In fact, it was a meme that got Young into trouble with federal authorities. He posted a picture of a soldier in a skull mask with the accompanying caption, “I want you to join the United States Boojahideen.” Young appended his own caption, “If we could all get on the same page, we could sack every PD [police department] in America in one day.”
Young said he was inspired by watching protesters in Minneapolis take over a police precinct on May 28 and redistribute riot gear. Apparently, the FBI was not amused.
The day after the Beatties Ford Road protest, Young was stopped in Clover, South Carolina, by five unmarked cars, he recounted.
“Eight York County sheriff’s deputies jumped out in full tactical gear and pointed rifles at my head, so they could walk me across the street to the Clover Police Department,” Young remembered. There, two plainclothes FBI agents sat down across the table from Young and pulled out a folder filled with screen grabs of memes he had posted.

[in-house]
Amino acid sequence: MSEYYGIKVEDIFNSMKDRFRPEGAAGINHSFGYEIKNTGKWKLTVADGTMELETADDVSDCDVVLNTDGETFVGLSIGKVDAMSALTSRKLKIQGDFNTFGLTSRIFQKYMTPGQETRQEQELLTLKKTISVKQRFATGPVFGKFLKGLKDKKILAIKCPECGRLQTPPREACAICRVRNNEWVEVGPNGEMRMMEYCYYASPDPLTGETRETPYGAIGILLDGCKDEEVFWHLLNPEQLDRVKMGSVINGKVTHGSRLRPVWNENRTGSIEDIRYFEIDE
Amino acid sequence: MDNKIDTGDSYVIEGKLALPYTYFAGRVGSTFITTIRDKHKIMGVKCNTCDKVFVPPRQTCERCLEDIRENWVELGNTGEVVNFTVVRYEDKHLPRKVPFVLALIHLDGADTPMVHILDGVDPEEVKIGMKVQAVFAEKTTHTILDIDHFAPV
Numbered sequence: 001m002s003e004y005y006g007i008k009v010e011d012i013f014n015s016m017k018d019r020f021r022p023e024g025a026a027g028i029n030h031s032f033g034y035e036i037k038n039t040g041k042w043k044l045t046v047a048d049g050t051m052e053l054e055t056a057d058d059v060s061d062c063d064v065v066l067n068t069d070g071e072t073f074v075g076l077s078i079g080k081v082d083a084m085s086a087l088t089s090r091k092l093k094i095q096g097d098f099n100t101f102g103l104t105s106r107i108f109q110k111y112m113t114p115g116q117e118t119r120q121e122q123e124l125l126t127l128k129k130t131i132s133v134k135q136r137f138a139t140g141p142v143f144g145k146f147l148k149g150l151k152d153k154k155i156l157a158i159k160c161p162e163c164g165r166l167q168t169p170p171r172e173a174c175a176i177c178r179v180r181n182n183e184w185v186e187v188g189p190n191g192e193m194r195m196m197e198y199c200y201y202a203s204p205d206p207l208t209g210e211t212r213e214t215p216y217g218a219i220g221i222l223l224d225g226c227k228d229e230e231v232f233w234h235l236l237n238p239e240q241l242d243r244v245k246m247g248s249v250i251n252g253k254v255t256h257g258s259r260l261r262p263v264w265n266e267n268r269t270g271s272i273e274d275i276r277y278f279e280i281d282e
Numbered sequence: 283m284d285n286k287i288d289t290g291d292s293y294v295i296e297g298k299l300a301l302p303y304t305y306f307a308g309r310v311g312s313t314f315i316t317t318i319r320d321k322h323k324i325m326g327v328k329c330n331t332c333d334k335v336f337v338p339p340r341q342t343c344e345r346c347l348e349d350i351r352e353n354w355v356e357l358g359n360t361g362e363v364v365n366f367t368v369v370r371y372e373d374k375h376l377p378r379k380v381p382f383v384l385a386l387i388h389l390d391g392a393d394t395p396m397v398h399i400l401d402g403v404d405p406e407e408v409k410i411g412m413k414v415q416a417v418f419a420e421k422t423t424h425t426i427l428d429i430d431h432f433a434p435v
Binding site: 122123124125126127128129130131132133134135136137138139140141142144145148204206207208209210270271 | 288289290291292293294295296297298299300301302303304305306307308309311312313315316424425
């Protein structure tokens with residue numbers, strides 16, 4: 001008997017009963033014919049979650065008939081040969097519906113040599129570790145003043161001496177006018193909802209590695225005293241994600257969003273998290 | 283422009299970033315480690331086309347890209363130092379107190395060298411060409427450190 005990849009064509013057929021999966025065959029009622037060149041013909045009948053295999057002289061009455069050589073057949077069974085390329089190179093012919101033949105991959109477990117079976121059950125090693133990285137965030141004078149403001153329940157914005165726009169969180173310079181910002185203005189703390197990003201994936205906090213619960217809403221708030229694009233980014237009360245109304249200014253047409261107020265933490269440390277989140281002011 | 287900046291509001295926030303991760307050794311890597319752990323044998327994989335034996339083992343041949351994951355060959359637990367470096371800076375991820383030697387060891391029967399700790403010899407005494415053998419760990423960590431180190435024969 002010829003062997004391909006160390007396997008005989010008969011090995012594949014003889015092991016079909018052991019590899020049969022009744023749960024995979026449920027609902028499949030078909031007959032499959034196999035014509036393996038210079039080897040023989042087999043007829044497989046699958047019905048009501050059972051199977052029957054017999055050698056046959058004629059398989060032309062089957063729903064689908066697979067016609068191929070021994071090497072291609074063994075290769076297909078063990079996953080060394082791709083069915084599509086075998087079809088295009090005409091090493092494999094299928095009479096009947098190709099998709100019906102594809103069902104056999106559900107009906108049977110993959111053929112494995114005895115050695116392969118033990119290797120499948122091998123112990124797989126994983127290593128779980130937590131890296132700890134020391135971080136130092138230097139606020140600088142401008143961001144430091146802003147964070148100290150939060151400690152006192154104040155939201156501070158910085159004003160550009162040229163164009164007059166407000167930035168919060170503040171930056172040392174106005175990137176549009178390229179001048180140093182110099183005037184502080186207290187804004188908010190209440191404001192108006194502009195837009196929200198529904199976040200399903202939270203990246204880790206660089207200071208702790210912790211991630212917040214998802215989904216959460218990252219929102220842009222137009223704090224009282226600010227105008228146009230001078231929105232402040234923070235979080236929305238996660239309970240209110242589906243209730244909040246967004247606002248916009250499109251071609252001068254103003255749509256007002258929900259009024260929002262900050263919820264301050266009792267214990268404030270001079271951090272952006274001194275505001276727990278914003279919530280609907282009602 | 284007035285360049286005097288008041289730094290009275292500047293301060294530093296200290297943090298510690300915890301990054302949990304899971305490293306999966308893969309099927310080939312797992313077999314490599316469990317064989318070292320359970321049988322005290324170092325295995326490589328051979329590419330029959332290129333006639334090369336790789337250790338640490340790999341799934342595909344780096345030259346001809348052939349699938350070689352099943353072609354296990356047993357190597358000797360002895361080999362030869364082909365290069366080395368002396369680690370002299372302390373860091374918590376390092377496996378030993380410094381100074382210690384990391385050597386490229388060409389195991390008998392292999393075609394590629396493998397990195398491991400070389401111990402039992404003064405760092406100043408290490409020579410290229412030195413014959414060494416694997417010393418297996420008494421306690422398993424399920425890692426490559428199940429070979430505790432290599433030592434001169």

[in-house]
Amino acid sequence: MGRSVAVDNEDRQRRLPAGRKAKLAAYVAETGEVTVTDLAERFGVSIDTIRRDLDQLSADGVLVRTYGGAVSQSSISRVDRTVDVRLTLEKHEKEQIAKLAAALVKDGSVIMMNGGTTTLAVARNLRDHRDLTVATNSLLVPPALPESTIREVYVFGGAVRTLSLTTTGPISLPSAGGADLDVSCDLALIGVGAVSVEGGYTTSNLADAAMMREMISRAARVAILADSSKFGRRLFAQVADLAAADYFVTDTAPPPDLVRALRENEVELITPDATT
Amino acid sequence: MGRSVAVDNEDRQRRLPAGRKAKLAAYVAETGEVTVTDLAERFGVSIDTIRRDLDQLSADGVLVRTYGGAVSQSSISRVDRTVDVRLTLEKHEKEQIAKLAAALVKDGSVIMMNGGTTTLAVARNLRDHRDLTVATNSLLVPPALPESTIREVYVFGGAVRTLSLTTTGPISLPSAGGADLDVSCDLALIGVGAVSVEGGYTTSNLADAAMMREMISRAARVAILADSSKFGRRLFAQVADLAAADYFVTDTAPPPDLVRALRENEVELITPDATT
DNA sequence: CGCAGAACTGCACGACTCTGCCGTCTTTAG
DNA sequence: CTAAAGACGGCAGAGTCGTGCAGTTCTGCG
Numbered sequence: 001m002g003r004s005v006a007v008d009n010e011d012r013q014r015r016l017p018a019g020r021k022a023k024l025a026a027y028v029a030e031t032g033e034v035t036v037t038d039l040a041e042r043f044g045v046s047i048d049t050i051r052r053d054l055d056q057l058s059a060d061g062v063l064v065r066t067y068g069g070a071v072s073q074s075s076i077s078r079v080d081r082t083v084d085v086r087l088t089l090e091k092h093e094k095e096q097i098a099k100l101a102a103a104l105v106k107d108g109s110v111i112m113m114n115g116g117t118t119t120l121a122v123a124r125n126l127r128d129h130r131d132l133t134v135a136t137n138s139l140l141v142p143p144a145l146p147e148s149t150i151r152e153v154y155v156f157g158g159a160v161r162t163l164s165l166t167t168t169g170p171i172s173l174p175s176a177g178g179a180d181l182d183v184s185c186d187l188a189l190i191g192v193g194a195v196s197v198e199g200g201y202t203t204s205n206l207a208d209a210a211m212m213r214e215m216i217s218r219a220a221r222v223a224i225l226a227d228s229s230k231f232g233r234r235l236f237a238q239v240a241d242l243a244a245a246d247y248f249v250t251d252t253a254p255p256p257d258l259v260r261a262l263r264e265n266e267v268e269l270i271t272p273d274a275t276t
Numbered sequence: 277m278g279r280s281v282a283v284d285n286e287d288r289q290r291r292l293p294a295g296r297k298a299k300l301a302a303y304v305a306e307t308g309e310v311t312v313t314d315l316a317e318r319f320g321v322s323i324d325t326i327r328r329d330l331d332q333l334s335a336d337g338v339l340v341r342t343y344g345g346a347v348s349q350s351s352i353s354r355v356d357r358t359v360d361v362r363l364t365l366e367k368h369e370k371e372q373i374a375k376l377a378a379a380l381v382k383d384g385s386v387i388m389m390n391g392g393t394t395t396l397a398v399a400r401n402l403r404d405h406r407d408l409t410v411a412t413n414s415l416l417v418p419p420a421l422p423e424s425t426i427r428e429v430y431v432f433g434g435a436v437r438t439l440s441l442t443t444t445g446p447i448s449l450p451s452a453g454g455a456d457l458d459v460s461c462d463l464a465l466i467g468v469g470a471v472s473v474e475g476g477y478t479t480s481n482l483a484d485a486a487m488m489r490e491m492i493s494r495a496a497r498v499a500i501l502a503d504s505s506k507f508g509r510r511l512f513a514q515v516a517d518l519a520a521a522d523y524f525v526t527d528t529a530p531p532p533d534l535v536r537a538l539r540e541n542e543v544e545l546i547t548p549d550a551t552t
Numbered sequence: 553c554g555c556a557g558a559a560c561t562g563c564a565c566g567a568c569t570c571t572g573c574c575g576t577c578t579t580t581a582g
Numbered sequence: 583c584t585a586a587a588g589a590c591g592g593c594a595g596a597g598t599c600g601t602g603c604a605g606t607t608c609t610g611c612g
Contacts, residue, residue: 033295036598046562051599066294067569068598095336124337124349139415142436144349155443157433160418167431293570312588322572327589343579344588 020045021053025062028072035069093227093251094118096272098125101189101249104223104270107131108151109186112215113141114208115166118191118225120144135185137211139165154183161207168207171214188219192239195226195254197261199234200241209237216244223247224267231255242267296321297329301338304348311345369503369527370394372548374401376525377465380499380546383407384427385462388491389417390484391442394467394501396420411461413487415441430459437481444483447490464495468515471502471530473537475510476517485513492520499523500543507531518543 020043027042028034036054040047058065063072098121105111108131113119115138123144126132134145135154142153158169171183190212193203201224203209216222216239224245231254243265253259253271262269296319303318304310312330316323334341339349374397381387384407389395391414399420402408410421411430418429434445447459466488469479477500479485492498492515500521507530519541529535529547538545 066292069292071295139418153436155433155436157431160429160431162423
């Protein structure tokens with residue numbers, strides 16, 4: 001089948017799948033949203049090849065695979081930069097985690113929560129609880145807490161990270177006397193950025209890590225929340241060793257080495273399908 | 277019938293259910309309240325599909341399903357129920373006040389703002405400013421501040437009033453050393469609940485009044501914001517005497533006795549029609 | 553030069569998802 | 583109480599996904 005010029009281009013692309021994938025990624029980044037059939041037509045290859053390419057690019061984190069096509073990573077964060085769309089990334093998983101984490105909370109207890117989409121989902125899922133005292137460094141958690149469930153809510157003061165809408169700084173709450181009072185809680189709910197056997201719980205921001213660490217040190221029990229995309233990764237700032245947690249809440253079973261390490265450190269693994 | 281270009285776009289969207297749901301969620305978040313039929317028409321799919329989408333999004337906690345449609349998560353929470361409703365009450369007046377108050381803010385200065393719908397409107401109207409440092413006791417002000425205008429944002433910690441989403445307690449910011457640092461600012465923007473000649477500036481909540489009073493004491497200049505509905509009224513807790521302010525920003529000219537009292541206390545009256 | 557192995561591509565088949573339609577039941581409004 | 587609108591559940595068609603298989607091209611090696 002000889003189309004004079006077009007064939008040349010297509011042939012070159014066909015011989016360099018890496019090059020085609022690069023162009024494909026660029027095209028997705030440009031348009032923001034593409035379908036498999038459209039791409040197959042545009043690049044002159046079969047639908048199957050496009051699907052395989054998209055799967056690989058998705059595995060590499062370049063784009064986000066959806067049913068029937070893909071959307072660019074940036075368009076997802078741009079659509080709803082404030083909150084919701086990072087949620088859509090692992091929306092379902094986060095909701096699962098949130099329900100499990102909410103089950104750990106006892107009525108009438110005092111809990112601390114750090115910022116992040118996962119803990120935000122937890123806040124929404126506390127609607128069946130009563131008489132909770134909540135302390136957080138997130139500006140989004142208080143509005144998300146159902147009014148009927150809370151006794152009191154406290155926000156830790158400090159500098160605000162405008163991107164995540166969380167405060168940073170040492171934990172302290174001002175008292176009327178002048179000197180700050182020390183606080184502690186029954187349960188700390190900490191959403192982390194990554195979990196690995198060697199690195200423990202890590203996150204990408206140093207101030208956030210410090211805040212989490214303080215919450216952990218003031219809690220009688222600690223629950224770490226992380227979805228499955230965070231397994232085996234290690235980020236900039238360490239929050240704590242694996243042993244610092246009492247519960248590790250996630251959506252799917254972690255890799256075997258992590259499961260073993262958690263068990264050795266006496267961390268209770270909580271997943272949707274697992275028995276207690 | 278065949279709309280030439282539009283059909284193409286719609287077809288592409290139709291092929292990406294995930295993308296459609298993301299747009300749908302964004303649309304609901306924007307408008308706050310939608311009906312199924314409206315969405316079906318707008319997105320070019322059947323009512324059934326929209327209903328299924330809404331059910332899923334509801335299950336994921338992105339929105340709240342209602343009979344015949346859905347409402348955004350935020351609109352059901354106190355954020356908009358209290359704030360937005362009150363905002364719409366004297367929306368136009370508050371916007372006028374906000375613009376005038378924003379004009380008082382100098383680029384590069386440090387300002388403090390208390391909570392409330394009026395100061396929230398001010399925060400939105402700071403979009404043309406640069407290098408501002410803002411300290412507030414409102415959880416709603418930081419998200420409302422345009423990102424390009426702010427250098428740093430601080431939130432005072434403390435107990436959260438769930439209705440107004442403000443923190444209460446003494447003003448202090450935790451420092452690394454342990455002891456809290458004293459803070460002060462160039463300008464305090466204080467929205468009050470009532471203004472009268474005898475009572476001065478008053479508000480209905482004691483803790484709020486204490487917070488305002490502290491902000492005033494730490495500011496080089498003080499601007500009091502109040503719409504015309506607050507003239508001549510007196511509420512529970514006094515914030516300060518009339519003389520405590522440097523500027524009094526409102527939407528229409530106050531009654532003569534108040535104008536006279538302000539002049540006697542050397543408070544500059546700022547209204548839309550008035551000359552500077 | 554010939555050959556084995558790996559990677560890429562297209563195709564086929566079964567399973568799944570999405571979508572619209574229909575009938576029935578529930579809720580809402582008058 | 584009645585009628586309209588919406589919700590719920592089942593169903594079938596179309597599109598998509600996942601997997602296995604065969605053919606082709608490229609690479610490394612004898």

“I told them how I felt,” Young recalled. He said he complained about CMPD’s use of overwhelming force with military grade weapons during the previous night’s protests.
The authorities subsequently stripped Young of his Second Amendment rights; he asserted. Citing a 15-year-old misdemeanor in which then-17-year-old Young was charged with contributing to the delinquency of a minor after throwing a keg party for his teenage friends, the FBI made Young agree to move his weapon to his mother’s house.
“[They] told me when I get this misdemeanor expunged then I can have my guns and armor back,” Young said.
After being held for 24 hours and released on a $1,000 bond, Young went home to discover all his social media accounts had been taken down and his access blocked.
“I was completely shadow banned by Facebook — no notification, no warning, no violation of community standards,” he offered.